7

The closest I've found would be something like the Prometheus myth, or perhaps even the story of Eden, where man is punished by a deity for poking his nose where it doesn't belong. But this isn't exactly critical of technology, at most it's saying that (some) knowledge is dangerous for people to have.

I'm thinking more along the lines of the myth at the end of Plato's Phaedrus (274b-279b), which he attributes to the Egyptians but which I've never found elsewhere. In it, the god Thoth approaches the god-king Thamus offering his invention of the technology of writing, suggesting that it will improve mankind's memory.

"Far from it," Thamus replies, "in fact it will have just the opposite effect since men will become dependent on it and lose their natural capacity for memory."

Does anyone here know of similar myths which are skeptical or perhaps even critical of technology?

9

The myth of Icarus is often used to describe the foolishness of technological ambition which is untempered by caution.

6

The myth of Cain and Abel is about the rivalry between nomadic cattle-breeders and sedentary farmers. God accepts Abel’s sacrifice of a sheep, but rejects Cain's offering of plants.

  • That's one of many interpretations of the story. That said, I'm not sure how the story of Abel and Cain is critical of "science and technology" – user62 Apr 7 '16 at 19:56
  • The dominant academic view is that agriculture represents technical progress over pastoralism. – fdb Apr 7 '16 at 22:15
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    I'd concur with this. The tower of Babel has a similar theme, as well as the tree of knowledge right back in the garden of Eden. – Ben Cannon Apr 9 '16 at 13:38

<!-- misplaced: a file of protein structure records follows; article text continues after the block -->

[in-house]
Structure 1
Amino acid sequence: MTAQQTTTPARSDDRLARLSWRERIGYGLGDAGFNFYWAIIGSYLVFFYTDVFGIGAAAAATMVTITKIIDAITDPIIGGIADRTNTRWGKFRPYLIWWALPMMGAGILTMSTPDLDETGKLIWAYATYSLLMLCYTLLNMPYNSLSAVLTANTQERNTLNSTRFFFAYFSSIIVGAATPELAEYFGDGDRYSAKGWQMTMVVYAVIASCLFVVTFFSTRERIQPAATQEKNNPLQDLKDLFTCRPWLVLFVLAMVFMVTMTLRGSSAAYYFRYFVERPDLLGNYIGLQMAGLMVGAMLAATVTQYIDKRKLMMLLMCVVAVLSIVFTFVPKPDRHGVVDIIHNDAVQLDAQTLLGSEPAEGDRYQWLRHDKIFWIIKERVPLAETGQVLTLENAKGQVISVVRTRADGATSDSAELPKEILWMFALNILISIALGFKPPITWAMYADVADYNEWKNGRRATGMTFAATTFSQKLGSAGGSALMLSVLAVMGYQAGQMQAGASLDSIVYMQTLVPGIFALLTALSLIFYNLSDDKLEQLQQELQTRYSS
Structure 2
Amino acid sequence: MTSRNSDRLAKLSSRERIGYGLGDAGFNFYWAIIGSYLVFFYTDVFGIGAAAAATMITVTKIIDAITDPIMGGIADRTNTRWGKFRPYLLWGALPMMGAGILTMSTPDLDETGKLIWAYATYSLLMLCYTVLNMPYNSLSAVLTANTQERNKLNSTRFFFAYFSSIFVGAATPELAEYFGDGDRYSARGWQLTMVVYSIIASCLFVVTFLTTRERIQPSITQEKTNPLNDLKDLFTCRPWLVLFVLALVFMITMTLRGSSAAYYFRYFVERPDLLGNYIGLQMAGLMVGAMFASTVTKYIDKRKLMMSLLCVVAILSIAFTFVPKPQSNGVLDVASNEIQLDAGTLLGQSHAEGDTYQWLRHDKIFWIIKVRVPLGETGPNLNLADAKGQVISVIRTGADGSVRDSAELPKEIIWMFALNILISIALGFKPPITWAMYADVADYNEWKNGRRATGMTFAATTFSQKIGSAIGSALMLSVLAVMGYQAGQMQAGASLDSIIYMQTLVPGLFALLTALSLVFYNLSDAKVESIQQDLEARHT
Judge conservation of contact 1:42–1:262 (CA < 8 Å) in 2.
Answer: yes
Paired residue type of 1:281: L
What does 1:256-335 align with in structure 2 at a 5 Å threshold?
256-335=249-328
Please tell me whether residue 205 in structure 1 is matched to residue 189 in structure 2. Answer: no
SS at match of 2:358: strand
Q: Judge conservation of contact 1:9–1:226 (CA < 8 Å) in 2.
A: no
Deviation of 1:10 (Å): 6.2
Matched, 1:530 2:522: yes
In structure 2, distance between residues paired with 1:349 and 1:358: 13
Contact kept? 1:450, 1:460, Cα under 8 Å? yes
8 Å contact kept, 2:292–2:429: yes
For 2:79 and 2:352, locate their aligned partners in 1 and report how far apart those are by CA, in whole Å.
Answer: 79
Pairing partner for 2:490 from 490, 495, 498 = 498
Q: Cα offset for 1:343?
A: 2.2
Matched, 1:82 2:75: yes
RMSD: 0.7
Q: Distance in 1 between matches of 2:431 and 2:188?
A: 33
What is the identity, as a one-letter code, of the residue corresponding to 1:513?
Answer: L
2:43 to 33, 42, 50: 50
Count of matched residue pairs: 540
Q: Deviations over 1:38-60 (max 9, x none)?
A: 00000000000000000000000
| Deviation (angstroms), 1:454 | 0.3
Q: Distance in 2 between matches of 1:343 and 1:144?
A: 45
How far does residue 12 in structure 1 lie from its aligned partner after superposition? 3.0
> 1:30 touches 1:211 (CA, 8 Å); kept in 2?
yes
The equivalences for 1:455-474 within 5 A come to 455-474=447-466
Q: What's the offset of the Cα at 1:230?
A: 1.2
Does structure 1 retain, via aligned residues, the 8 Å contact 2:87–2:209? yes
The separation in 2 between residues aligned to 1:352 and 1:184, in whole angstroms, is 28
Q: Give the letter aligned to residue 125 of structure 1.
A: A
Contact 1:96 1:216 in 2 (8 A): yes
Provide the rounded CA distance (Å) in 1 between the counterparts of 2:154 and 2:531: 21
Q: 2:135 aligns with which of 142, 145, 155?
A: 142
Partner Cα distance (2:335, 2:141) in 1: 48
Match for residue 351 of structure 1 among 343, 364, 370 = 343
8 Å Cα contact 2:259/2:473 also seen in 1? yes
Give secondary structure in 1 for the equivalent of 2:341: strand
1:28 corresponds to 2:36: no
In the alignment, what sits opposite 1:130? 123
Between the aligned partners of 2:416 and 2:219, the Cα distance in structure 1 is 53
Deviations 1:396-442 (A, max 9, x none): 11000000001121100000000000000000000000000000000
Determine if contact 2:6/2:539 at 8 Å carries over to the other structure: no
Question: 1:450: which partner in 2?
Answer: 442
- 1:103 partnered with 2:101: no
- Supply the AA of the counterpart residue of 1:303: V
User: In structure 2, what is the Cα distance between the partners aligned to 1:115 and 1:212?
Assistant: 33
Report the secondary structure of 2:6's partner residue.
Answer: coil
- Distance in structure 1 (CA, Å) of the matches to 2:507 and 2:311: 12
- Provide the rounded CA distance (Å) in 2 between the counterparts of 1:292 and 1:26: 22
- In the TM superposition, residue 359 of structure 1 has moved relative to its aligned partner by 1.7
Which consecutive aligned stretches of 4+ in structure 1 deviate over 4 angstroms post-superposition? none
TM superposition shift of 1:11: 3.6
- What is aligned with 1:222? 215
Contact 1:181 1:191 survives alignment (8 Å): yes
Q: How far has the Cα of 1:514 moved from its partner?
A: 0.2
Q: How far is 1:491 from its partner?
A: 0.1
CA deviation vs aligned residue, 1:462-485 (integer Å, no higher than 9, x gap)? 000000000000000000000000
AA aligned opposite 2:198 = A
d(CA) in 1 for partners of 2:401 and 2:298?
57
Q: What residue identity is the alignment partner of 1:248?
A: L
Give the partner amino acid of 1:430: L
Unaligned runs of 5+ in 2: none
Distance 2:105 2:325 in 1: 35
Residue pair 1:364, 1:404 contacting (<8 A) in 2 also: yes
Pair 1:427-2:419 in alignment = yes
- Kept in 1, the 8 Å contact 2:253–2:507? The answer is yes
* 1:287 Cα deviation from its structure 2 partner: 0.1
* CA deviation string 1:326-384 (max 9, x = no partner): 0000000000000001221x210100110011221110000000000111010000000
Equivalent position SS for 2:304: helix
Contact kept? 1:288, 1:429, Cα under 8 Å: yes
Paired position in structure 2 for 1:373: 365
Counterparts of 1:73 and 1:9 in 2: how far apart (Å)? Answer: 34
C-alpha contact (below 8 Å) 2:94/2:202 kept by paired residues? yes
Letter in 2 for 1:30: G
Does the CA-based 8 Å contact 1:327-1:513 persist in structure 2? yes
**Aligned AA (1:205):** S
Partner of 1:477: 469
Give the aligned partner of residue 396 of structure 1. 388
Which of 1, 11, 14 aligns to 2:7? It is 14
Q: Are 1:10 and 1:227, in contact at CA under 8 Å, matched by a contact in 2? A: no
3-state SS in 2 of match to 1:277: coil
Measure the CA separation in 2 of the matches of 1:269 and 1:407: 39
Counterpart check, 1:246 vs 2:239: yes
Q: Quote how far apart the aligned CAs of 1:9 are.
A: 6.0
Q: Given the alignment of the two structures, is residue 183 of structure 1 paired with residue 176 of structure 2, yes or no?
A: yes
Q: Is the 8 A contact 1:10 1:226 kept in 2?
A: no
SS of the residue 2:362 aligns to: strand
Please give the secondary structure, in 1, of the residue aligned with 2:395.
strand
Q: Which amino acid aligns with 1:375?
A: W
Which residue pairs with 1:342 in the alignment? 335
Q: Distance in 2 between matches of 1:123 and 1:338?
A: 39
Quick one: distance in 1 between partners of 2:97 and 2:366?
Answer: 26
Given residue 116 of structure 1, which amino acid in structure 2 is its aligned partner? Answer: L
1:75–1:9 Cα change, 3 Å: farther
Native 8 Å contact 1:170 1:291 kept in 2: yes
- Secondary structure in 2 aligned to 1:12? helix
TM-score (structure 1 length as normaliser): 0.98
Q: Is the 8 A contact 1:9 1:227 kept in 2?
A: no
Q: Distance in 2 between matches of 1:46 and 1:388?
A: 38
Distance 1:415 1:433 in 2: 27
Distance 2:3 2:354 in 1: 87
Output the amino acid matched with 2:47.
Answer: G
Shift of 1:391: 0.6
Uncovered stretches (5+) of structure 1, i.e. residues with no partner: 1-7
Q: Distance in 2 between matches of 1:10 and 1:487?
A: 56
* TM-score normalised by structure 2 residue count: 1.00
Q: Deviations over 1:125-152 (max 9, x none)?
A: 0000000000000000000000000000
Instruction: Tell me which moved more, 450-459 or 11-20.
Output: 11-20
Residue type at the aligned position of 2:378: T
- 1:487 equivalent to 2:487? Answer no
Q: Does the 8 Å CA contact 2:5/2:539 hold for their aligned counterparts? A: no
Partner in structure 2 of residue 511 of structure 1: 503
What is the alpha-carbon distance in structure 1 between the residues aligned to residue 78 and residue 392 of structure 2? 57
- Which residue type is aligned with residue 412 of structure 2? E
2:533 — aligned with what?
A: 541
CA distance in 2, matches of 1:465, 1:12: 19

• It is not the dominant academic view, it is one of many interpretations of the story. Regardless, I'm still not quite sure how you would interpret the story as being critical of "civilization or technology". – user62 Apr 10 '16 at 22:38
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    @Hamlet. Do have a look at what I actually wrote. I was discussing the "dominant academic view" not of the exegesis of the Cain and Abel story, but that of the historic role of agriculture versus animal husbandry. – fdb Apr 11 '16 at 8:17
2

The Icarus story is more a story of failing to RTFM or follow directions. Or not listening to your father.

The Plato story sounds unlikely to have actually come from an Egyptian, since they adopted writing quite early, it was considered sacred, and the scribes were generally one of the highest classes in society. It was probably a case of ascribing a concept to The Other.

I suspect an anti-technology sentiment wouldn't be a survival trait for an ancient society, when agricultural advances would reduce starvation. And saying "These good old copper swords are just fine for us" when your neighbors have bronze can be disastrous.

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